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Technology Spotlight
September 2016

3-Dimensional Printed Anatomic Models as Planning Aids in Complex Oncology Surgery

Author Affiliations
  • 1Department of Radiology, Mayo Clinic, Rochester, Minnesota
  • 2Department of Orthopedics, Mayo Clinic, Rochester, Minnesota
JAMA Oncol. 2016;2(9):1121-1122. doi:10.1001/jamaoncol.2016.2469

Oncology surgeons make decisions about surgical planning based on their visualization of tumor anatomy and its relationship to adjacent critical structures. These difficult decisions are aided by individualized life-sized, physical anatomic models created with data from the patient’s computed tomography (CT) or magnetic resonance images (MRI) using the emerging technology of 3-dimensional (3-D) printing.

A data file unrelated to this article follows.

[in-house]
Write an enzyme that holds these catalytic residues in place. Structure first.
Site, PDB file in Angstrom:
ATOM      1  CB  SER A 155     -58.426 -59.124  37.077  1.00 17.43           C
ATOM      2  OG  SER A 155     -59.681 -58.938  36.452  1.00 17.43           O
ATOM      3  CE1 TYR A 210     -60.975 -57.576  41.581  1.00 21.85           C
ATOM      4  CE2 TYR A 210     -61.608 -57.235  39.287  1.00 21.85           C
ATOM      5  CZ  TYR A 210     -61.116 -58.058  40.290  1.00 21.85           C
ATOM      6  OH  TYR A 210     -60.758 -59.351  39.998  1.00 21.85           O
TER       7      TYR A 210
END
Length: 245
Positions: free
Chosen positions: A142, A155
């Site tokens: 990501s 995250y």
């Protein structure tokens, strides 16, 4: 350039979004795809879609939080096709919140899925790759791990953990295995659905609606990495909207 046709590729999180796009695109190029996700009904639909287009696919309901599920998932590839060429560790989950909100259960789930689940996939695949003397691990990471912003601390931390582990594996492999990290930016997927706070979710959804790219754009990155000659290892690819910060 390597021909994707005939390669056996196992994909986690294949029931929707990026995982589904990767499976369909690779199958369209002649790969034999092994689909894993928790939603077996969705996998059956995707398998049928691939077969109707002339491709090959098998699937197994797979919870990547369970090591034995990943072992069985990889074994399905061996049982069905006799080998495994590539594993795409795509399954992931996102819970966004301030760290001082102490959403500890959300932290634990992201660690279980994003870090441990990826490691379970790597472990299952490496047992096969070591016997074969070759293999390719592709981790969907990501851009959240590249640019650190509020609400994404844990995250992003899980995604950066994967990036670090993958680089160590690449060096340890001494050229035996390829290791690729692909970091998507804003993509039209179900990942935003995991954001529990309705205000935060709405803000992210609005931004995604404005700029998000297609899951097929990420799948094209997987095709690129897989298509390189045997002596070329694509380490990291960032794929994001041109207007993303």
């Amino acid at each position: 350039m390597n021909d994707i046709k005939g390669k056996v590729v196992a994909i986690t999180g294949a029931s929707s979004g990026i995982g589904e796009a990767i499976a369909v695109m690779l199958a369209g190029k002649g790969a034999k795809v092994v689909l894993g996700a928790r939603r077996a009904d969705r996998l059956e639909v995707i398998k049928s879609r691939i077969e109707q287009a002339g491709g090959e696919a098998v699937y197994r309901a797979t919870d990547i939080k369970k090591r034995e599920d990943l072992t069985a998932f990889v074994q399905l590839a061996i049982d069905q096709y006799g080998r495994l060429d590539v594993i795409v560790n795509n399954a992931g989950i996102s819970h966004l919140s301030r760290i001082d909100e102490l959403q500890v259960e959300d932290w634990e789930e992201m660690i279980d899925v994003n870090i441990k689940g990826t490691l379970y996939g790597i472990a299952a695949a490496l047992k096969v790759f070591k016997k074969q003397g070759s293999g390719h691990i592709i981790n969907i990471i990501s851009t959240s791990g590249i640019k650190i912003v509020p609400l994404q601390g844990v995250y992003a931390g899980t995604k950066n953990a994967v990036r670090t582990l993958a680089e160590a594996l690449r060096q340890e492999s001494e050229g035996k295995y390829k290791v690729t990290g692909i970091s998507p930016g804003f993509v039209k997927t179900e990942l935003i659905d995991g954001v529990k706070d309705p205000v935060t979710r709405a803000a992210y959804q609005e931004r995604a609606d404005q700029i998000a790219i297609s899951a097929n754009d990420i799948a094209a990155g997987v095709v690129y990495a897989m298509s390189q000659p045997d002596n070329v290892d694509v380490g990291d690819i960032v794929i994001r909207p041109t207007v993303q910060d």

3-D printing of anatomic models arose from technology developed in the 1980s. 3-D printers work by laying down successive layers of ultrathin material according to a computer-aided design (CAD) software program to create a 3-dimensional object. 3-D printers vary in the materials used (liquids, filaments, and powders) that are hardened by lasers, UV light, heat, or adhesives.1 In the 1990s, high-resolution CT allowed for the creation of anatomic models using imaging studies. Initially, craniofacial models were created; congenital heart and orthopedic models came soon after. 3-D models for soft-tissue malignant abnormalities including lung, liver, renal, and head and neck cancer are now being developed. At our institution surgical interest and demand is a significant driver for the creation of models.

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